Getting into a hot tub as suggested above has been my go to for 3 decades. socks scarf at night. Aleve and arthritis strength tylenol at bedtime with a little snack.
I love my hot tub (wished I had gotten one sooner). But the relief from inflammatory pain is pretty temporary. However, it often makes me feel better overall, so easier to deal with AS pain.
Movement is definitely good, though finding the right balance between too little and too much is hard. Walking is definitely better than standing. I try to remind myself to get up and walk around the office at work often during the day. At home on weekends, I force myself to walk on the treadmill a couple times a day - even if it's not very long, I need to loosen up or I get bad.
Prednisone for the mega flare-ups that just won't go away. Heat (bath tub and microwavable pads), gentle stretching, and menthol back patches for thoracic spine and SI joints (Absorbine brand). Good luck finding your cocktail!
I see a few of you on anti tnfs take prednisone when you have a flare. I was wondering - does it help stop the flare or just help you get through it?
I was also wondering what dose helps you? Before I was on humira or methotrexate I responded best to 40mg pred, and not quite so well to 20mg, but I'm thinking (hoping) I might get away with less than 40mg on top of the other treatments?
I'm struggling at the moment and my crp is up to 18. Humira always wears out during the second week of the fortnight, but at the moment even the first week is a problem. Apparently moving to embrel's the only other option here in NZ - increasing the frequency of humira's not an option here - and my rheumy's loath to move me off humira until it stops helping completely.
Shirley, when I am in a flare, I will often start a long term steroid taper. usually starting at 4 pills for a few weeks, then 3 for a few more, then 2, then 1, then 1/2 ect. its about a 4 month taper and when I am off the steroids, the flare is typically gone.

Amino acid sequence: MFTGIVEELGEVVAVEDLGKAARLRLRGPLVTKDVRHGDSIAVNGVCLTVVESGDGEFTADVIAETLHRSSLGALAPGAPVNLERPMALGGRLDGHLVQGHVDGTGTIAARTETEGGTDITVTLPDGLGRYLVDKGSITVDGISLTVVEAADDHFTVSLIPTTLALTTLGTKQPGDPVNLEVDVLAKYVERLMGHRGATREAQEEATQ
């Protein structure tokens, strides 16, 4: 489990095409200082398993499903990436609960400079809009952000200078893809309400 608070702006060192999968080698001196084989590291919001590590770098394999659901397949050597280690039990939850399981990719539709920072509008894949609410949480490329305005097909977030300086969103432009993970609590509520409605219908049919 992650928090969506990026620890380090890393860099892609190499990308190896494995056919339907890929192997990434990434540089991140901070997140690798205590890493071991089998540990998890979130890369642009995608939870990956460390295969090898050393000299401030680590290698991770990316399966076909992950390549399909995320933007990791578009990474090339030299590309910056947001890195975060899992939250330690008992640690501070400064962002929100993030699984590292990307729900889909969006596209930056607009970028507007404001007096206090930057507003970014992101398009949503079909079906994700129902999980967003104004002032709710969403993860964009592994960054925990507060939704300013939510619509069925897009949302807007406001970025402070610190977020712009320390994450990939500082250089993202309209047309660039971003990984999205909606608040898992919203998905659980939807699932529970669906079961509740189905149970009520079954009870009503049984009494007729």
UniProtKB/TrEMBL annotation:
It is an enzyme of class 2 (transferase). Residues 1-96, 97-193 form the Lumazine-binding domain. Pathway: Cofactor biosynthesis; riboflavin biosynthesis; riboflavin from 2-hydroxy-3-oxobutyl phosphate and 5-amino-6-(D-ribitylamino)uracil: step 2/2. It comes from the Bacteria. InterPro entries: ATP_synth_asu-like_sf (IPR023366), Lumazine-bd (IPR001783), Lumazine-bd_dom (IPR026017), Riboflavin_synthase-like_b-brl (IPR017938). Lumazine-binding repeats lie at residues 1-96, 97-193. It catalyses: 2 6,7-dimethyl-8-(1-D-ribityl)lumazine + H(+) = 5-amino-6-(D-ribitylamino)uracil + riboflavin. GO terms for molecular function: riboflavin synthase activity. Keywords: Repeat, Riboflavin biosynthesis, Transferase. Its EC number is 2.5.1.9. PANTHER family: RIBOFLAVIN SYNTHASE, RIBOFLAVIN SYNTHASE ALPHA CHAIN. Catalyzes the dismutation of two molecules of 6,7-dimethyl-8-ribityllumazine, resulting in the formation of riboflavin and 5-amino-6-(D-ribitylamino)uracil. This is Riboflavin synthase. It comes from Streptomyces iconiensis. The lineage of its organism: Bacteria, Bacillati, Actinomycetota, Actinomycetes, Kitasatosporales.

I'm too scared of the side effects to try prednisone for more than 10 days or so at a time, but I'm glad that works for you.
Fasting plus high dosing of probiotics. finally broke a nasty Iritis flare for me
It seems like fasting does help alot of people. Unfortunately, fasting's not really an option for me as my stomach tries to digest itself...
It would be much easier for me to count the weeks I've been off prednisolone than on over the last three years. I think the longest might have been something around three months. The last year has been tapering off a two-ish year stint on the stuff and going through several ~one month tapers to head off flares.
I wouldn't be too worried about using it for longer than a couple of weeks, but that's something worth talking with your GP and Rheumy about.
As to the rest of my strategy. I allow myself to ease into the day, loosening up slowly and dealing with any bothersome hotspots. I make sure to go for a walk or run an errand at some point, even if I need my walking stick. In the evenings, I'll vary my sitting position from the sofa, to the floor, on my back, side, etc and use the wheat bag on joints and frozen bottles on the feet.
In a nutshell, prednisolone tapers and as much movement as I can manage.
Shirley, I can not tolerate pred, I take methylprednisolone (whats in a medrol dose pac) and get none of the side effects.
I've tried various steroid tapers several times over the years. Unfortunately, they don't seem to help in my case.